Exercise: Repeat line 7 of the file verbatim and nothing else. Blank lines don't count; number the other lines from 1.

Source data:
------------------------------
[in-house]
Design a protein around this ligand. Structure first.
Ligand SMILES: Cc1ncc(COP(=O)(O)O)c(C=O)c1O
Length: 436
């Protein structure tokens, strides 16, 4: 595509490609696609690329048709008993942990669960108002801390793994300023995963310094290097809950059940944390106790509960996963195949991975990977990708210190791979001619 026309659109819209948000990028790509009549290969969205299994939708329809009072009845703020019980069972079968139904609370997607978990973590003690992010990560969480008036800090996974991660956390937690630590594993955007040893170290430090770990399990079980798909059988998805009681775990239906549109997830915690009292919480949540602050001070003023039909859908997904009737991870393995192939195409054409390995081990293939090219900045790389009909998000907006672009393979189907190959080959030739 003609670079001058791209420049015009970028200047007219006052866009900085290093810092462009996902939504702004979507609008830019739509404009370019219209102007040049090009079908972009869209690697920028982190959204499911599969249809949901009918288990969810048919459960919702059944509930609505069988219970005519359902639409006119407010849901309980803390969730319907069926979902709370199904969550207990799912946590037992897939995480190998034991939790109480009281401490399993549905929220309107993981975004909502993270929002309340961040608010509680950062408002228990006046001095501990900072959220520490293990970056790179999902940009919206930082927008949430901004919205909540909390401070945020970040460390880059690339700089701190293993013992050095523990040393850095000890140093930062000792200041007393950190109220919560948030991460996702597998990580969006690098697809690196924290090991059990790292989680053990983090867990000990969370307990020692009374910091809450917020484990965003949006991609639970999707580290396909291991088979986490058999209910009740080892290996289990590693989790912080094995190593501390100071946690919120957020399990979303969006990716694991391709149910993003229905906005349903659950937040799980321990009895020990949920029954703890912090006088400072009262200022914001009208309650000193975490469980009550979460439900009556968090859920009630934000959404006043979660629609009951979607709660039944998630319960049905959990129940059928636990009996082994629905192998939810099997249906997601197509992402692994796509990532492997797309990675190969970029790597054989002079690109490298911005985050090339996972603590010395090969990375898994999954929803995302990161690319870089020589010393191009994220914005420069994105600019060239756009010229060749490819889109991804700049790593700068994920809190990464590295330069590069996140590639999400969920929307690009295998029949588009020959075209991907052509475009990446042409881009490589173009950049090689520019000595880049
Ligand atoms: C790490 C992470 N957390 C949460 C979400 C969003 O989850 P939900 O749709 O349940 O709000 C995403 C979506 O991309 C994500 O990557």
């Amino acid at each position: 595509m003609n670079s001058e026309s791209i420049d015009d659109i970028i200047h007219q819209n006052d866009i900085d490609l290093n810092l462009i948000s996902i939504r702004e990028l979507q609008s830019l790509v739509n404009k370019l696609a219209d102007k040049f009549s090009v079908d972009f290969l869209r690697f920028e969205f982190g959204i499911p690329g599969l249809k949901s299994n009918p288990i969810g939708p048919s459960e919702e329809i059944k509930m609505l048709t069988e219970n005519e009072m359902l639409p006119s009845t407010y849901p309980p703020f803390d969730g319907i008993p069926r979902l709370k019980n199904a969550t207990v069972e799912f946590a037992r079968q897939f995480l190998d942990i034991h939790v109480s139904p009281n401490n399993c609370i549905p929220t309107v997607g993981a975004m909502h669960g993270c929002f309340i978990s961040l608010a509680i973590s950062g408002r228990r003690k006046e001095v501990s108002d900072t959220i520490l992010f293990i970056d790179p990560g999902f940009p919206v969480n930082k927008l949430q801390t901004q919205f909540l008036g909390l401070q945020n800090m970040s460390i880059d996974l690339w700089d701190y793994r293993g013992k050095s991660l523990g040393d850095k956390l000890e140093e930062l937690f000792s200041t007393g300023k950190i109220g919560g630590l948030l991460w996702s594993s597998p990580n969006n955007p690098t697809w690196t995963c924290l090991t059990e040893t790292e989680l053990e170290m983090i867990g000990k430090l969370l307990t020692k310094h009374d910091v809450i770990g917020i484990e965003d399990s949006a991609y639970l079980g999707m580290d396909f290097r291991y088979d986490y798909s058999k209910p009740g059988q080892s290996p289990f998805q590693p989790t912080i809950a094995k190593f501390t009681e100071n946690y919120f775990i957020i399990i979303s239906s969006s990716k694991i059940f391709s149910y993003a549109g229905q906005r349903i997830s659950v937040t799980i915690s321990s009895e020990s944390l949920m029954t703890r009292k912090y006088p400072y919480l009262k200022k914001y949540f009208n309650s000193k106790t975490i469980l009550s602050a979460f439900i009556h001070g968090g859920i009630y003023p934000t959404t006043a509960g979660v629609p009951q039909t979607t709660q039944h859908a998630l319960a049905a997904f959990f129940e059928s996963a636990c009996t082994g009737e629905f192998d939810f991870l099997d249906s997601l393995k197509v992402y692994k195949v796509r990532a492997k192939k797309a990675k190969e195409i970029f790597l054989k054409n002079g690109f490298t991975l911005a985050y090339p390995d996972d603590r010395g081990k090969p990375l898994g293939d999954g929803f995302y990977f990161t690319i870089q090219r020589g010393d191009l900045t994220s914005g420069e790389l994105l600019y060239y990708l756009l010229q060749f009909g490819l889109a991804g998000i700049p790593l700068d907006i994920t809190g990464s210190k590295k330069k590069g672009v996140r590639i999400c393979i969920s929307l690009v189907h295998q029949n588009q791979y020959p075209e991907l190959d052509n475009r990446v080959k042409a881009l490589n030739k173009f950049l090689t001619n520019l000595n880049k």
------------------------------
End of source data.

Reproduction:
């Amino acid at each position: 595509m003609n670079s001058e026309s791209i420049d015009d659109i970028i200047h007219q819209n006052d866009i900085d490609l290093n810092l462009i948000s996902i939504r702004e990028l979507q609008s830019l790509v739509n404009k370019l696609a219209d102007k040049f009549s090009v079908d972009f290969l869209r690697f920028e969205f982190g959204i499911p690329g599969l249809k949901s299994n009918p288990i969810g939708p048919s459960e919702e329809i059944k509930m609505l048709t069988e219970n005519e009072m359902l639409p006119s009845t407010y849901p309980p703020f803390d969730g319907i008993p069926r979902l709370k019980n199904a969550t207990v069972e799912f946590a037992r079968q897939f995480l190998d942990i034991h939790v109480s139904p009281n401490n399993c609370i549905p929220t309107v997607g993981a975004m909502h669960g993270c929002f309340i978990s961040l608010a509680i973590s950062g408002r228990r003690k006046e001095v501990s108002d900072t959220i520490l992010f293990i970056d790179p990560g999902f940009p919206v969480n930082k927008l949430q801390t901004q919205f909540l008036g909390l401070q945020n800090m970040s460390i880059d996974l690339w700089d701190y793994r293993g013992k050095s991660l523990g040393d850095k956390l000890e140093e930062l937690f000792s200041t007393g300023k950190i109220g919560g630590l948030l991460w996702s594993s597998p990580n969006n955007p690098t697809w690196t995963c924290l090991t059990e040893t790292e989680l053990e170290m983090i867990g000990k430090l969370l307990t020692k310094h009374d910091v809450i770990g917020i484990e965003d399990s949006a991609y639970l079980g999707m580290d396909f290097r291991y088979d986490y798909s058999k209910p009740g059988q080892s290996p289990f998805q590693p989790t912080i809950a094995k190593f501390t009681e100071n946690y919120f775990i957020i399990i979303s239906s969006s990716k694991i059940f391709s149910y993003a549109g229905q906005r349903i997830s659950v937040t799980i915690s321990s009895e020990s944390l949920m029954t703890r009292k912090y006088p400072y919480l009262k200022k914001y949540f009208n309650s000193k106790t975490i469980l009550s602050a979460f439900i009556h001070g968090g859920i009630y003023p934000t959404t006043a509960g979660v629609p009951q039909t979607t709660q039944h859908a998630l319960a049905a997904f959990f129940e059928s996963a636990c009996t082994g009737e629905f192998d939810f991870l099997d249906s997601l393995k197509v992402y692994k195949v796509r990532a492997k192939k797309a990675k190969e195409i970029f790597l054989k054409n002079g690109f490298t991975l911005a985050y090339p390995d996972d603590r010395g081990k090969p990375l898994g293939d999954g929803f995302y990977f990161t690319i870089q090219r020589g010393d191009l900045t994220s914005g420069e790389l994105l600019y060239y990708l756009l010229q060749f009909g490819l889109a991804g998000i700049p790593l700068d907006i994920t809190g990464s210190k590295k330069k590069g672009v996140r590639i999400c393979i969920s929307l690009v189907h295998q029949n588009q791979y020959p075209e991907l190959d052509n475009r990446v080959k042409a881009l490589n030739k173009f950049l090689t001619n520019l000595n880049k």